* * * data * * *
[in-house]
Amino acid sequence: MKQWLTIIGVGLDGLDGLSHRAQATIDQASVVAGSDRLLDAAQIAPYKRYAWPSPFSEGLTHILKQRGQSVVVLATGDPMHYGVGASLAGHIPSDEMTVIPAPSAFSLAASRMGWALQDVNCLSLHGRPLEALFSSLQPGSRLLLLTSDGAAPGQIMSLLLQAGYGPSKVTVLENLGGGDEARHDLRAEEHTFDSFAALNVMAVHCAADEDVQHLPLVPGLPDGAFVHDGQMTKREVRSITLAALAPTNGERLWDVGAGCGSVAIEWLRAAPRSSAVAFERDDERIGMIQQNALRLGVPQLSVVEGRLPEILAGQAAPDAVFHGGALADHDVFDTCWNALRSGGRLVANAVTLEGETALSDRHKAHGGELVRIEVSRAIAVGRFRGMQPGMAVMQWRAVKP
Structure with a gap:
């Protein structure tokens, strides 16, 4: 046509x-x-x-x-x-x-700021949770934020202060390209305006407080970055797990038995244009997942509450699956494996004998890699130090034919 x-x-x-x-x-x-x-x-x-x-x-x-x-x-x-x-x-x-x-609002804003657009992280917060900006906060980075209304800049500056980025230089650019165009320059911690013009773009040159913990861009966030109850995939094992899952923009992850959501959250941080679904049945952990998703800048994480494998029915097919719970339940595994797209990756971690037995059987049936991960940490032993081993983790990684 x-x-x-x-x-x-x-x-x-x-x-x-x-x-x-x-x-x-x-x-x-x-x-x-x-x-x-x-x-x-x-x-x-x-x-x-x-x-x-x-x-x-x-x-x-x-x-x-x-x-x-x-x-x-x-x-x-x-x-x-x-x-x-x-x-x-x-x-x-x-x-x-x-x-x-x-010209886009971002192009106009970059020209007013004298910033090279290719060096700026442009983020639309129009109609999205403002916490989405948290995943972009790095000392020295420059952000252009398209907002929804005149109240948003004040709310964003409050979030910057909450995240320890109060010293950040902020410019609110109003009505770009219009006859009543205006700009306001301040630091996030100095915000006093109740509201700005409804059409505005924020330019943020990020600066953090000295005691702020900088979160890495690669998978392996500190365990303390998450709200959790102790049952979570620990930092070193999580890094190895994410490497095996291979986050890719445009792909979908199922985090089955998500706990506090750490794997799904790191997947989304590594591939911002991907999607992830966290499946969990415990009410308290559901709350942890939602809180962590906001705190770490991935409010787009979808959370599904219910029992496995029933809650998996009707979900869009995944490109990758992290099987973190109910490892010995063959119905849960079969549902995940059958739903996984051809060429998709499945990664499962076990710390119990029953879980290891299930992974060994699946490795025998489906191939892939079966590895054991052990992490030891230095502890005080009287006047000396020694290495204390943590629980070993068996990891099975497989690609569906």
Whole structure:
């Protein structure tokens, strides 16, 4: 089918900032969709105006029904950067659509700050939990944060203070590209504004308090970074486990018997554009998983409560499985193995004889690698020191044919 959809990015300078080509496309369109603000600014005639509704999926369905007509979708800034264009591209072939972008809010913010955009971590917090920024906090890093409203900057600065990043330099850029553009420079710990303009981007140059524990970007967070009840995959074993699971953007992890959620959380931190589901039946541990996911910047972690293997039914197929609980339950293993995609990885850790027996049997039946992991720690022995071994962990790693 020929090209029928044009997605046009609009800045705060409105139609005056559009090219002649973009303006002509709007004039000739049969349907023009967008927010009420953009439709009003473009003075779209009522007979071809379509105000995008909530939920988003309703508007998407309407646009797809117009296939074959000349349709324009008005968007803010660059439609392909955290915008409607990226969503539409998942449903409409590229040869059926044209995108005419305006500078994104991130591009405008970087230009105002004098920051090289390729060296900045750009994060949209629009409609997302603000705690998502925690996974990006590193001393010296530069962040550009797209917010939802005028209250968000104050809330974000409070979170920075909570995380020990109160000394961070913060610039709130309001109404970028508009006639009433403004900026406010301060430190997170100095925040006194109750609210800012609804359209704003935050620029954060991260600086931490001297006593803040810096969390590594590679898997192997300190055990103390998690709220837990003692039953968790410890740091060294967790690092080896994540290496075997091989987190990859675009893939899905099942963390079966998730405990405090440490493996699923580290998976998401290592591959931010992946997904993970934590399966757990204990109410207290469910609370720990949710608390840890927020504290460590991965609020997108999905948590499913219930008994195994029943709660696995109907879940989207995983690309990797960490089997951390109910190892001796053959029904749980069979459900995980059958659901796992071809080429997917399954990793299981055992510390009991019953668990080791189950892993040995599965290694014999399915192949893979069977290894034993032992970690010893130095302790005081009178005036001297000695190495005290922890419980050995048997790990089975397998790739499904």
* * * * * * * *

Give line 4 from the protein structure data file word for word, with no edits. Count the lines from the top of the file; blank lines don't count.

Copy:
């Protein structure tokens, strides 16, 4: 046509x-x-x-x-x-x-700021949770934020202060390209305006407080970055797990038995244009997942509450699956494996004998890699130090034919 x-x-x-x-x-x-x-x-x-x-x-x-x-x-x-x-x-x-x-609002804003657009992280917060900006906060980075209304800049500056980025230089650019165009320059911690013009773009040159913990861009966030109850995939094992899952923009992850959501959250941080679904049945952990998703800048994480494998029915097919719970339940595994797209990756971690037995059987049936991960940490032993081993983790990684 x-x-x-x-x-x-x-x-x-x-x-x-x-x-x-x-x-x-x-x-x-x-x-x-x-x-x-x-x-x-x-x-x-x-x-x-x-x-x-x-x-x-x-x-x-x-x-x-x-x-x-x-x-x-x-x-x-x-x-x-x-x-x-x-x-x-x-x-x-x-x-x-x-x-x-x-010209886009971002192009106009970059020209007013004298910033090279290719060096700026442009983020639309129009109609999205403002916490989405948290995943972009790095000392020295420059952000252009398209907002929804005149109240948003004040709310964003409050979030910057909450995240320890109060010293950040902020410019609110109003009505770009219009006859009543205006700009306001301040630091996030100095915000006093109740509201700005409804059409505005924020330019943020990020600066953090000295005691702020900088979160890495690669998978392996500190365990303390998450709200959790102790049952979570620990930092070193999580890094190895994410490497095996291979986050890719445009792909979908199922985090089955998500706990506090750490794997799904790191997947989304590594591939911002991907999607992830966290499946969990415990009410308290559901709350942890939602809180962590906001705190770490991935409010787009979808959370599904219910029992496995029933809650998996009707979900869009995944490109990758992290099987973190109910490892010995063959119905849960079969549902995940059958739903996984051809060429998709499945990664499962076990710390119990029953879980290891299930992974060994699946490795025998489906191939892939079966590895054991052990992490030891230095502890005080009287006047000396020694290495204390943590629980070993068996990891099975497989690609569906």